The National Policy on Education (FME, 2004) emphasizes the need for teaching and learning of science processes and principles. The policy recommends practical, exploratory and experimental methods of teaching. In this regards, Okebukola (2004) stated that the basic tools that science uses in the learning of science processes are the instructional materials.
Studies have shown that the use of instructional materials have improved achievement (George, 2008) and Nwagbo (2006). Instructional materials are wide varieties of equipment and materials use for teaching and learning by teachers to stimulate self-activity on the part of the students. The teaching of Biology without instructional materials may certainly result in poor academic achievement. Poor academic achievement in Biology could also be attributed to many factors such as, low interest of students in biology, inadequate motivation from teacher, poor incentives to biology teachers, lack of adequate supply of instructional material, lack of qualified teachers, and use of teacher centered instructional strategies, inadequate use of instructional materials and use of abstract standardized materials. Among these factors, teacher?s use of abstract standardized instructional strategy is considered as an important factor in this study.
This implies that the mastery of Biology concepts might not be fully achieved without the use of instructional resources that the students are abreast with. The teaching of Biology without instructional materials may certainly result in poor academic achievement. Folorunso (2004) observed that there is lack of adequate and appropriate instructional resources for effective teaching of Biology in schools. For Ibitoye and Fape (2007), the poor achievement in biology was traced to poor usage of instructional resources for biology teaching and learning, poor state of infrastructure facilities, large class size, poor teaching, use of faulty assessment practice, and inadequacy of quality teachers. According to Okebukola (2004), the poor state of laboratory facilities and inadequate use of instructional materials has constituted a cog in the wheel of students? achievement in Biology in the Senior School Examination. The verbal exposition does not promote skill acquisition, objectivity, and critical thinking abilities that will enable the child to function effectively in the society. This according to the researcher leads to poor achievement of students in the subject. Okebukola and Jegede (1986) stressed that a professionally qualified Biology teacher no matter how well trained, would be unable to put his ideas into practice if the school setting lacks the equipment and material resources necessary for him or her to translate his competence into reality.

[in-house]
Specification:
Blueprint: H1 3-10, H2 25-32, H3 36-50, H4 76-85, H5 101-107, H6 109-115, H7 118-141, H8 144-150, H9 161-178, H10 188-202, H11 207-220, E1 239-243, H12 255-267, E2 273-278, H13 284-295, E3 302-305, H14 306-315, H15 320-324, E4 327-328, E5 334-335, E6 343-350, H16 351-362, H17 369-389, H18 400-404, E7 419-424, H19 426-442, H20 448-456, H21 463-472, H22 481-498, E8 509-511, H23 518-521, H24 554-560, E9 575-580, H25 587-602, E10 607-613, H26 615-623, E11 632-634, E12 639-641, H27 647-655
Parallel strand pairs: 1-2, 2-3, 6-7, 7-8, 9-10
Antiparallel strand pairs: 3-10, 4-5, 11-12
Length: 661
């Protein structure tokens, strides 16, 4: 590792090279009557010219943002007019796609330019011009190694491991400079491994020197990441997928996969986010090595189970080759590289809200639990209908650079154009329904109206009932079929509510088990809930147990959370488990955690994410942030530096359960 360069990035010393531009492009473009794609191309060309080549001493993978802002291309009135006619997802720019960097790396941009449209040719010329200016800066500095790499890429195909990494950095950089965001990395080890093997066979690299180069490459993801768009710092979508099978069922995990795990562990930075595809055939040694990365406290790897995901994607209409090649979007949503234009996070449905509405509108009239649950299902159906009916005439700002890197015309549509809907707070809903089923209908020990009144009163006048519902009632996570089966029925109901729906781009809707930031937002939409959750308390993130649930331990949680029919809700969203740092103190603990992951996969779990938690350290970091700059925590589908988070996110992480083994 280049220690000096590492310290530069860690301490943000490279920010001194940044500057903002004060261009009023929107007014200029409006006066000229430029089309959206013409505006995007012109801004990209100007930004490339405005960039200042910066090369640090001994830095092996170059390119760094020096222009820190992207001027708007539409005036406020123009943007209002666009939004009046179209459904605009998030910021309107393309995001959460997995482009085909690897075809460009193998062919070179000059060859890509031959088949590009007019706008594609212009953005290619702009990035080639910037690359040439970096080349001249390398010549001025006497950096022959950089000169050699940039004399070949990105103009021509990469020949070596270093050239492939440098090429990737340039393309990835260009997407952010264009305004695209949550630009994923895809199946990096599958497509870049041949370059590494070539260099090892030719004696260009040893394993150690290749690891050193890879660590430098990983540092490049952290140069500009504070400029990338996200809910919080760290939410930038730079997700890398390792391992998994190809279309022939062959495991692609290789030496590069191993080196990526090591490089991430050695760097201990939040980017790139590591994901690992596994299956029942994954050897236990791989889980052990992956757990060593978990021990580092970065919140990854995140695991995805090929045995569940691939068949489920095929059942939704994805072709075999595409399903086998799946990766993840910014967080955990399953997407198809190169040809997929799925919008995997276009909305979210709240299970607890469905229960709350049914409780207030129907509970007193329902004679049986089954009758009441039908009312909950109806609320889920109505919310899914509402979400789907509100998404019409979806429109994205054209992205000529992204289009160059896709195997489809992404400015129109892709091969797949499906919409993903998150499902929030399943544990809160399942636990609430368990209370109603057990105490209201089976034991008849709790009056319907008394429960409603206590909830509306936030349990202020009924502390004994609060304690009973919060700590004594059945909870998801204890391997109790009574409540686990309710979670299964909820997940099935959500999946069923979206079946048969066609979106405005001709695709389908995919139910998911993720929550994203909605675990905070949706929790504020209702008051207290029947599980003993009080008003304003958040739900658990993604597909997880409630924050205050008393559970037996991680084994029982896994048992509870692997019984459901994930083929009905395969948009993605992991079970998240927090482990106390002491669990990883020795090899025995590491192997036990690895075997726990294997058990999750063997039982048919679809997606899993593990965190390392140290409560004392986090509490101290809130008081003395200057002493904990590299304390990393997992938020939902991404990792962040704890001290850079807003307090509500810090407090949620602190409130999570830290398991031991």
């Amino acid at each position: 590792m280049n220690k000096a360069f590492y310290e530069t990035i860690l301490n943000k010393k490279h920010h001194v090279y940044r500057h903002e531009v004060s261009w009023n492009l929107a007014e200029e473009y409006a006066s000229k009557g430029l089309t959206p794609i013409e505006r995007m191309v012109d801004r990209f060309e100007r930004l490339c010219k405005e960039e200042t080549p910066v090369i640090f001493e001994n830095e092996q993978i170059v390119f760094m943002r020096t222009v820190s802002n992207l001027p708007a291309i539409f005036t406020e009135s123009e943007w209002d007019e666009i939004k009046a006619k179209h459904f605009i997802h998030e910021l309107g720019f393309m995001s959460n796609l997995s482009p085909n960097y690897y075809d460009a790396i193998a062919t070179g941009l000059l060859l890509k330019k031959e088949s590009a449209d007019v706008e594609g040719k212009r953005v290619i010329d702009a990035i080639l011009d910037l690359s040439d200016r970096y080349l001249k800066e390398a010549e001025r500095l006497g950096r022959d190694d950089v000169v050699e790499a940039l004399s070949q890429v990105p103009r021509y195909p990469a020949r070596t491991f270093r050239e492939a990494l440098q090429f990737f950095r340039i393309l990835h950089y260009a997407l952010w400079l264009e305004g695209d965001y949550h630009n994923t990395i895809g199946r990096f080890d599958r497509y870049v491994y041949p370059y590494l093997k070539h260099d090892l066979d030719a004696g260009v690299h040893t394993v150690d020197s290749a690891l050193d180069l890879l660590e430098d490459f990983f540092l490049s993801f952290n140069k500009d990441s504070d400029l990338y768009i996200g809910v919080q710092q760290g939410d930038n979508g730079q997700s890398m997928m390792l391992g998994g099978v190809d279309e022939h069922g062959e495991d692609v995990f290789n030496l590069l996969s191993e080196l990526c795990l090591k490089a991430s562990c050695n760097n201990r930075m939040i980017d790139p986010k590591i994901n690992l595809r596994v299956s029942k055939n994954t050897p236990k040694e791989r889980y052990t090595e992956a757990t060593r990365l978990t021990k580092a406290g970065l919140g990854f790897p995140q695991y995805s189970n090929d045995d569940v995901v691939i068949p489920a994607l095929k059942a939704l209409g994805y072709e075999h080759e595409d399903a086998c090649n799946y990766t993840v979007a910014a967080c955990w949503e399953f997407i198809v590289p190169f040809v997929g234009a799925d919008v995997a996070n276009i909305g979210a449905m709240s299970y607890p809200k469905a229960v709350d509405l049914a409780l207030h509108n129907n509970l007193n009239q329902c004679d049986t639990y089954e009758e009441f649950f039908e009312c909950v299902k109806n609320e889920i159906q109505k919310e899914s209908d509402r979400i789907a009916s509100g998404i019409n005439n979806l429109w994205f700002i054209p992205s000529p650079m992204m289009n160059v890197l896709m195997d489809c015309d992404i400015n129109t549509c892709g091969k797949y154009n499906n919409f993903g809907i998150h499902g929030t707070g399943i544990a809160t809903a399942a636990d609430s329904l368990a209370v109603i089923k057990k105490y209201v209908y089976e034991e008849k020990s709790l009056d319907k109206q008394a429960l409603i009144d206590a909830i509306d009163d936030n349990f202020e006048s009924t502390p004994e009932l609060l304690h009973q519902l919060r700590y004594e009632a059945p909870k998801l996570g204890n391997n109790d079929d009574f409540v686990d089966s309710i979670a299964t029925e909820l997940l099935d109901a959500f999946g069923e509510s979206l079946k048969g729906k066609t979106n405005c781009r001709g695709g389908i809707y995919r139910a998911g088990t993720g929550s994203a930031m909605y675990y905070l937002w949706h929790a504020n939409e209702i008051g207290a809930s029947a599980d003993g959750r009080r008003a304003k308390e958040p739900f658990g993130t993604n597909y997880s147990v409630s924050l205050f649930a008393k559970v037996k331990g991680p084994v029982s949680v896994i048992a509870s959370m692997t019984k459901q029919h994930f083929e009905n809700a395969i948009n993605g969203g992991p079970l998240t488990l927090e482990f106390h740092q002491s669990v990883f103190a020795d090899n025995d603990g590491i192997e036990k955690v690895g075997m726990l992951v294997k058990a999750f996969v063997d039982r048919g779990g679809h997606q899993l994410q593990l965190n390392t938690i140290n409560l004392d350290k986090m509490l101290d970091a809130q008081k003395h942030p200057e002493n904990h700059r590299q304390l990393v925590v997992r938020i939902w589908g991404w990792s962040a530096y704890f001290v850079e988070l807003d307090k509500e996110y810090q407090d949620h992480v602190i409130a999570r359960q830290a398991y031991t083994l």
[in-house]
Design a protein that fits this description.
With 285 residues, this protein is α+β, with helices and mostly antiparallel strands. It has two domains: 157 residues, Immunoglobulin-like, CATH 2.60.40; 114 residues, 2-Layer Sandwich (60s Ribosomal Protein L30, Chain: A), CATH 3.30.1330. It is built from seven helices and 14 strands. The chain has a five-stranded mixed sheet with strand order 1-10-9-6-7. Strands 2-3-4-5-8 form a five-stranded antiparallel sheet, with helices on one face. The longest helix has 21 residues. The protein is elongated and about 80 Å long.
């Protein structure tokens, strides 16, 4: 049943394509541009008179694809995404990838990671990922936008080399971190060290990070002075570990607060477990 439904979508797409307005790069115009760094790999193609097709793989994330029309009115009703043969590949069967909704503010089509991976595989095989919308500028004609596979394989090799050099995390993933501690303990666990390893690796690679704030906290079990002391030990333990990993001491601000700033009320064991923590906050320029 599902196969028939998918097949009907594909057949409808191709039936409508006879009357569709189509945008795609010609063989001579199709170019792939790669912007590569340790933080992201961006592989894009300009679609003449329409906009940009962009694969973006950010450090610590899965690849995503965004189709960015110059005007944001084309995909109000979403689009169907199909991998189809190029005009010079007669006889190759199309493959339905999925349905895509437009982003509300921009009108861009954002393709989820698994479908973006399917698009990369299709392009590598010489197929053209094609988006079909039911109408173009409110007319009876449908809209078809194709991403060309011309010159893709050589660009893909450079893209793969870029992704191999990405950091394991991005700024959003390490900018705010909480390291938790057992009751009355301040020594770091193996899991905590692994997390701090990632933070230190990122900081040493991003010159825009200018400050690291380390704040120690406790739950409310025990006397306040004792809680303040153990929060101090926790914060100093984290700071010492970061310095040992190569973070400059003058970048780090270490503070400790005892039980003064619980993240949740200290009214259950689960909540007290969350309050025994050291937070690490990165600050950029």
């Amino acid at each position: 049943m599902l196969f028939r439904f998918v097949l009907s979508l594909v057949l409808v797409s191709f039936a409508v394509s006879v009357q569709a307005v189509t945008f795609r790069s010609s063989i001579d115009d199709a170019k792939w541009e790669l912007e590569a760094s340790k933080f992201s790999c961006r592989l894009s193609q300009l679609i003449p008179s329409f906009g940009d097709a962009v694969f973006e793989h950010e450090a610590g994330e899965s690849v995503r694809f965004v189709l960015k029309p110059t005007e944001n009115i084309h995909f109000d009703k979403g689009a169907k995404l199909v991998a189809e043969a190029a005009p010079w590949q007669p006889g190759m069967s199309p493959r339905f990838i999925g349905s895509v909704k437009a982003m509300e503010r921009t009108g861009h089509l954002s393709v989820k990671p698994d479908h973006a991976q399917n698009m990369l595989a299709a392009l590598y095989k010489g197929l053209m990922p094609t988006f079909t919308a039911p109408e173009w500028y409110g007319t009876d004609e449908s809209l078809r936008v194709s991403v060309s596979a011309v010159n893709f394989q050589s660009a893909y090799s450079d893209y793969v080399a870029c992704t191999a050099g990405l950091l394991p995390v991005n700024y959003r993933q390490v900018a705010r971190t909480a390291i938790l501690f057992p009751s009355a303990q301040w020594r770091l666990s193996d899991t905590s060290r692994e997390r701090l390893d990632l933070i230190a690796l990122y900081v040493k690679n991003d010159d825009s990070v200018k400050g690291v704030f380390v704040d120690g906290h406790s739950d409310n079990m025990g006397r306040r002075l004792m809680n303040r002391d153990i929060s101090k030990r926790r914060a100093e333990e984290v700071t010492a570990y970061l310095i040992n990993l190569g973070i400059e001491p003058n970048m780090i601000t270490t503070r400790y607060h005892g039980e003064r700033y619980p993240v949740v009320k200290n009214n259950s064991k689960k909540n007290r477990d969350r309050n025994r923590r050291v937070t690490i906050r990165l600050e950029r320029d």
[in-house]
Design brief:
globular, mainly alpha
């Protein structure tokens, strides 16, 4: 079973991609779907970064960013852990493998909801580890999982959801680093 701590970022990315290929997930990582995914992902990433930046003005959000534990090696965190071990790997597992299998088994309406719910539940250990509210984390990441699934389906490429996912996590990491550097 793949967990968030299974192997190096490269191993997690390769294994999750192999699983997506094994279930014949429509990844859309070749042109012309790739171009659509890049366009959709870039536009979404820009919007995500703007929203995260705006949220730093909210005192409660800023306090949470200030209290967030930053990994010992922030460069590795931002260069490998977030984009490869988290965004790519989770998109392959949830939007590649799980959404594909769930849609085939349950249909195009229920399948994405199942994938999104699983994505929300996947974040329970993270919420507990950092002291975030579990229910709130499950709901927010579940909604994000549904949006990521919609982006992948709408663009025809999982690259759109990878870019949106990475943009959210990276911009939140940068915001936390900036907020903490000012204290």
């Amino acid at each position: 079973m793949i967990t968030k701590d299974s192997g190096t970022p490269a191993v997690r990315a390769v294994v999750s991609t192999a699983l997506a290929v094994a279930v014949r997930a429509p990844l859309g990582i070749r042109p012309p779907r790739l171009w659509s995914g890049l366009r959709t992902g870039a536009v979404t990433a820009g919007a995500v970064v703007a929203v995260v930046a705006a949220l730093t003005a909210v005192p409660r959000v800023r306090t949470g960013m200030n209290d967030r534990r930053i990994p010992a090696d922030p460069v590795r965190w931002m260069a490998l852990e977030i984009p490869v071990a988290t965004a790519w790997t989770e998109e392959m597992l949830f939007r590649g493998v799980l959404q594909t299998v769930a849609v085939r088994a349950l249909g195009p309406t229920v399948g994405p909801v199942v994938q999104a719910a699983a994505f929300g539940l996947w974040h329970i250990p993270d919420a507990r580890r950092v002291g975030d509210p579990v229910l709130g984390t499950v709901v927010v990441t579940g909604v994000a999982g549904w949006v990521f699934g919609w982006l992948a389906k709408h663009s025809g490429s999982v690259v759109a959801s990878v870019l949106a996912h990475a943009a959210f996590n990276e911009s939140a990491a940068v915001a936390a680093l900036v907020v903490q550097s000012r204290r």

The report of West African Examination Council (WAEC) on the Senior Secondary School Certificate Examination (SSCE) (2011) on student enrolment and performance in Nigeria by subject, grade, and sex revealed low enrolment of girls for science subjects as well as low academic achievement in biology and other science subjects and the persistent poor achievement of students in biology.